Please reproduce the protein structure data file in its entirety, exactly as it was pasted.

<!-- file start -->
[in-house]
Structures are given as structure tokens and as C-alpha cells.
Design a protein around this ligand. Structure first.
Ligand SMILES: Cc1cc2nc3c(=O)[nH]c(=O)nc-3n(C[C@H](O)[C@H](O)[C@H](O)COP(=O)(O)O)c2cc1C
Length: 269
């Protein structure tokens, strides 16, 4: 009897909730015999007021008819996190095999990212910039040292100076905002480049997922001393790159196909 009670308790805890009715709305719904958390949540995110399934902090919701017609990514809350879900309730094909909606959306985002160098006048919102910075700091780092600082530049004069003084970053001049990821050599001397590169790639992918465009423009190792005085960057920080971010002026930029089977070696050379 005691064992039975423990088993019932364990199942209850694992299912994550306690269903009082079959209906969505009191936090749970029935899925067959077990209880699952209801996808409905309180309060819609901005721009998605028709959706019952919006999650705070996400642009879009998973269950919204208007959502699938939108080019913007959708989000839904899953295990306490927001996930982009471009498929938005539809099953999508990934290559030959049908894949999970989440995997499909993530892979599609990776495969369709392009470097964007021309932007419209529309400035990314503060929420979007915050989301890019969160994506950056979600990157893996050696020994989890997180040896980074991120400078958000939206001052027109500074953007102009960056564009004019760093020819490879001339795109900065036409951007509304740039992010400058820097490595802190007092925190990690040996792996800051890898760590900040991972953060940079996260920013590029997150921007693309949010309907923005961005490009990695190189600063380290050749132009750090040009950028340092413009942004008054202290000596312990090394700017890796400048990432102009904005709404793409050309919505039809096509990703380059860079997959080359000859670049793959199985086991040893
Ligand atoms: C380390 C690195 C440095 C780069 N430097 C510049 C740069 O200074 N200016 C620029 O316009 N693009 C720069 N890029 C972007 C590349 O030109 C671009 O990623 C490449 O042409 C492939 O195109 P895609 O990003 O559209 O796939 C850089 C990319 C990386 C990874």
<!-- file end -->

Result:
[in-house]
Structures are given as structure tokens and as C-alpha cells.
Design a protein around this ligand. Structure first.
Ligand SMILES: Cc1cc2nc3c(=O)[nH]c(=O)nc-3n(C[C@H](O)[C@H](O)[C@H](O)COP(=O)(O)O)c2cc1C
Length: 269
């Protein structure tokens, strides 16, 4: 009897909730015999007021008819996190095999990212910039040292100076905002480049997922001393790159196909 009670308790805890009715709305719904958390949540995110399934902090919701017609990514809350879900309730094909909606959306985002160098006048919102910075700091780092600082530049004069003084970053001049990821050599001397590169790639992918465009423009190792005085960057920080971010002026930029089977070696050379 005691064992039975423990088993019932364990199942209850694992299912994550306690269903009082079959209906969505009191936090749970029935899925067959077990209880699952209801996808409905309180309060819609901005721009998605028709959706019952919006999650705070996400642009879009998973269950919204208007959502699938939108080019913007959708989000839904899953295990306490927001996930982009471009498929938005539809099953999508990934290559030959049908894949999970989440995997499909993530892979599609990776495969369709392009470097964007021309932007419209529309400035990314503060929420979007915050989301890019969160994506950056979600990157893996050696020994989890997180040896980074991120400078958000939206001052027109500074953007102009960056564009004019760093020819490879001339795109900065036409951007509304740039992010400058820097490595802190007092925190990690040996792996800051890898760590900040991972953060940079996260920013590029997150921007693309949010309907923005961005490009990695190189600063380290050749132009750090040009950028340092413009942004008054202290000596312990090394700017890796400048990432102009904005709404793409050309919505039809096509990703380059860079997959080359000859670049793959199985086991040893
Ligand atoms: C380390 C690195 C440095 C780069 N430097 C510049 C740069 O200074 N200016 C620029 O316009 N693009 C720069 N890029 C972007 C590349 O030109 C671009 O990623 C490449 O042409 C492939 O195109 P895609 O990003 O559209 O796939 C850089 C990319 C990386 C990874």